Characters: Stereotype or Stellar?

I think we need a new definition of the stereotyped character. The old one: round vs. flat just isn’t working anymore. It’s not about shape, it’s about depth. I don’t care what their favorite book is, or even what they’re scared of (snakes vs. rats, for example.) We give characters quirky properties and call it good enough when it’s not.

I keep learning about characterization. Every time I think I’ve got it down, I realize I’m slipping into stereotypes. But below, please find my new (improved!) insight. It is not only an effective way to draw a memorable character, it is much easier than painting a labored picture of them.

Deep Character

What distinguishes a walk-on character from an important one, a deep character from a vingette or stereotyped one is inner conflict. If the character is sure about what they want, who they are, and what the right thing to do is, then there you have your stereotyped carbon-based life form. They play out their roles in expected ways, thus draining interest from scenes they are in.

  • loyal servant
  • insufferable good-looking white guy
  • ambitious politico
  • principled crusader
  • stuffy father
  • kind teacher

On the other hand, all deep characters have a push-pull about what they are doing or who they align with. They have an:

Inner Conflict

This inner uncertainty doesn’t need to involve a big back story or prevent characters from acting, or require lots of inner harangues and tea-sipping doubts. It simply means they doubt. They have competing values, and in case of major characters, warring values.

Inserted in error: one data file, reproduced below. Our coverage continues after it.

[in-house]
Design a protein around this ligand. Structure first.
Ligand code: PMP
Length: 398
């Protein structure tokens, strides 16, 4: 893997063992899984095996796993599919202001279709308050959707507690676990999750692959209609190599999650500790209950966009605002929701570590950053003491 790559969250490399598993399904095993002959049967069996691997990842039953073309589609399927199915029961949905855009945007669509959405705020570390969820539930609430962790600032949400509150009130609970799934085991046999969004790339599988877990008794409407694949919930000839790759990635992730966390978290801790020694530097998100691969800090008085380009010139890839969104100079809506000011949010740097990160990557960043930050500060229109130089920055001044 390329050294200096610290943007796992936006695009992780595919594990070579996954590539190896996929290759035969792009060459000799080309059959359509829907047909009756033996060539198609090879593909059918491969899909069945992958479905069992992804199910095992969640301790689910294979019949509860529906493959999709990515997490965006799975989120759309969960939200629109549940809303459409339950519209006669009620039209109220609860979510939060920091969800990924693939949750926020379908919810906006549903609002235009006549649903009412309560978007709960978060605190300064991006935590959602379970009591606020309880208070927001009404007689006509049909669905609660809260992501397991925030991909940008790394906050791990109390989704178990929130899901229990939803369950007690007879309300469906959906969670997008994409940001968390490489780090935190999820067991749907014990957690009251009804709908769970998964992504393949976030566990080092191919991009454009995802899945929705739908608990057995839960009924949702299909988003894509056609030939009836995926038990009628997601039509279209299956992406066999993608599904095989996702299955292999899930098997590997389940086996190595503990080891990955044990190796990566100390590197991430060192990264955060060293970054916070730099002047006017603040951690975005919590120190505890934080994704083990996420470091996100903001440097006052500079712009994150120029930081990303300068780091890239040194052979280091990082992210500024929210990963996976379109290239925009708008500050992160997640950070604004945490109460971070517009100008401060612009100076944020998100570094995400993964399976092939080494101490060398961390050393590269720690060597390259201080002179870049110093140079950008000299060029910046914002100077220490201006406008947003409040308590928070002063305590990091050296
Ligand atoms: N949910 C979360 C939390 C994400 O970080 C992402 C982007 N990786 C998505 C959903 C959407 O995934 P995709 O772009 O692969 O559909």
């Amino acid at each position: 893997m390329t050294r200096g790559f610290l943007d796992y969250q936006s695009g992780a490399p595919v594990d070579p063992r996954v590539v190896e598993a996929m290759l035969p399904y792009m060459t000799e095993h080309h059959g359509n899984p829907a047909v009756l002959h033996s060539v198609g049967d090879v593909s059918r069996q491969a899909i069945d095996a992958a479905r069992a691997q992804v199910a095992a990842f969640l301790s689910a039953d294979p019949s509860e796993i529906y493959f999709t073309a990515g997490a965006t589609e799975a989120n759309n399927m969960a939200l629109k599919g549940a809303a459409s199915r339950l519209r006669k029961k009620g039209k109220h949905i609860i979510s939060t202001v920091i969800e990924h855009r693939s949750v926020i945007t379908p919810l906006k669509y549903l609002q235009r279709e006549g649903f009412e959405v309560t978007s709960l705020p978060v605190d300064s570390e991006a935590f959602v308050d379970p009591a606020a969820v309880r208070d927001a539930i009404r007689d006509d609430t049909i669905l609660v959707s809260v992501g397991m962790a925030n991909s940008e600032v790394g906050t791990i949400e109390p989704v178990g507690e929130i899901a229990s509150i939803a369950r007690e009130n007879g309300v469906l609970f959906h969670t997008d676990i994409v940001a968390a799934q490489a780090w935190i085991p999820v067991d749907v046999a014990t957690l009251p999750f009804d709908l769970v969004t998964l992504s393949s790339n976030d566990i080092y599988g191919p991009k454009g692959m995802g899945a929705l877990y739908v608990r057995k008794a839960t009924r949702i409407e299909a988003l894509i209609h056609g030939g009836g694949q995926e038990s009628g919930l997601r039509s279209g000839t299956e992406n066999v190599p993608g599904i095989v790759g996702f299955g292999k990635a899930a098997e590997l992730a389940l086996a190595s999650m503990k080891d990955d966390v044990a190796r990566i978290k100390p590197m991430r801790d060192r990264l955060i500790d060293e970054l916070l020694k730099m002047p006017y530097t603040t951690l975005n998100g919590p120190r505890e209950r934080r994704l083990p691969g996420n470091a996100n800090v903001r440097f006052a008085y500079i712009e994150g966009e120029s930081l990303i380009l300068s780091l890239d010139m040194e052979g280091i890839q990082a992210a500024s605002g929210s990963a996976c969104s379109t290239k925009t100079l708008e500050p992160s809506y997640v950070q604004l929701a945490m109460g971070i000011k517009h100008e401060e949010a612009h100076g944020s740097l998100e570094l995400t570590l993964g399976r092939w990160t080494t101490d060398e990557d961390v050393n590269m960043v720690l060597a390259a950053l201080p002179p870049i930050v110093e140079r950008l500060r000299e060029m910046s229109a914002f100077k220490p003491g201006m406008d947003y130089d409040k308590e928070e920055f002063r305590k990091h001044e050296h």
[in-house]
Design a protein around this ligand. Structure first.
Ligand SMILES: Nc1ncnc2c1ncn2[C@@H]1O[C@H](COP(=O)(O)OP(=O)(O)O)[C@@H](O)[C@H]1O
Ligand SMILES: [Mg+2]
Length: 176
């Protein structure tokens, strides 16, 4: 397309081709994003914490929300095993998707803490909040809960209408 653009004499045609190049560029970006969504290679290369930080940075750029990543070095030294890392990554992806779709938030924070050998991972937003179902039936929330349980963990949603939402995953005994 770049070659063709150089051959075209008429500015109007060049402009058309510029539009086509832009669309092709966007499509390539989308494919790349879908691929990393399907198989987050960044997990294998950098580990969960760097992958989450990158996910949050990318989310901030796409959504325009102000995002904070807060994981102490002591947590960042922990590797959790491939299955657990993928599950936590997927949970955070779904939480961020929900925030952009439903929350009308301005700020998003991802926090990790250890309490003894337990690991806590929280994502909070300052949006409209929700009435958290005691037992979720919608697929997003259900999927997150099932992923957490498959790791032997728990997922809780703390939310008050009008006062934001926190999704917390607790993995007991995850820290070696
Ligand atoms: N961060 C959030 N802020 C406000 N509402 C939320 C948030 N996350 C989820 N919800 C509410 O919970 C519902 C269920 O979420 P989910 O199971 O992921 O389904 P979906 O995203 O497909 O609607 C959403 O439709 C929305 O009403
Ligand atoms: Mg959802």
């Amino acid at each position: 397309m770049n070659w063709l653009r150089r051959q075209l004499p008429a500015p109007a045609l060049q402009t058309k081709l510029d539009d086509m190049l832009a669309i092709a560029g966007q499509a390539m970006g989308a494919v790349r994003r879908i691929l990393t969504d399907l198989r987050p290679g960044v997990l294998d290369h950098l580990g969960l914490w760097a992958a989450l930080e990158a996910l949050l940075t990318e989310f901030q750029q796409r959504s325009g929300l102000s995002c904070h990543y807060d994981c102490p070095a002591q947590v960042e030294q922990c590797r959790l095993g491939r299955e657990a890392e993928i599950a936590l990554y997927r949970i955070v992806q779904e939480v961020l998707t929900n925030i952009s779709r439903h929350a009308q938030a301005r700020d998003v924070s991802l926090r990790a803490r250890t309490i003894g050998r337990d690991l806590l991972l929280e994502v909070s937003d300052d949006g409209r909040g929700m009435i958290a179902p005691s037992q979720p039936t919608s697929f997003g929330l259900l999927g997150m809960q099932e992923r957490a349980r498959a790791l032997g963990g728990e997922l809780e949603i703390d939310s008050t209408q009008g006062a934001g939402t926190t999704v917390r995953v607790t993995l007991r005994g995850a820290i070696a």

They may come on stage being of two minds, or their doubts may arise from contact with another character or because of events. For example, the idealist who wants to teach children in the third world becomes disillusioned; she is not able to cope with cultural relativism. She admits defeat or works valiantly despite doubts. But she has doubts.

Doubt, or inner conflict, is what makes people believable, sympathetic, and, if you must, round. Give inner conflict to 5 or 6 characters, not just your major ones. Even minor characters can jump to life if we see that they are not just the author’s puppets, fulfilling an assigned role.

Point of View and Story Arc

Your deep characters may resolve their inner conflict or not. But if their journey takes them to a different place than where they began, why not give them a point of view scene or three? It gives scope to a smaller story. It allows you to show your protagonist (and antagonist) through another person’s eyes, thus working to deepen your major characters as well.

And the corollary: if you have given point of view scenes to a character, then be sure the character does change. The inner conflict becomes deeper, reconciles, or breaks a heart; but it does undergo a deepening movement. In other words, the character has a story arc.

Bottom line: The reader’s interest is held through depth and surprise. The school teacher we thought was rather boring becomes a recognizably flawed individual. We wonder what she will do. We turn the pages to find out.

2 Responses

  1. Erika says:

    I think surprise is one of the best ways to break out of stereotypes. I really love being pulled out of predictability with some kind of shock – something that makes me look again at a character I’ve been reading about for 100 pages in an entirely new way. Surprise is important. 🙂

  2. Kay says:

    I really think it’s the key. The writer’s job then becomes a mining excursion to find that person’s individuality. It’s a process of honoring our characters, and respecting the reader. No person is a “role.”

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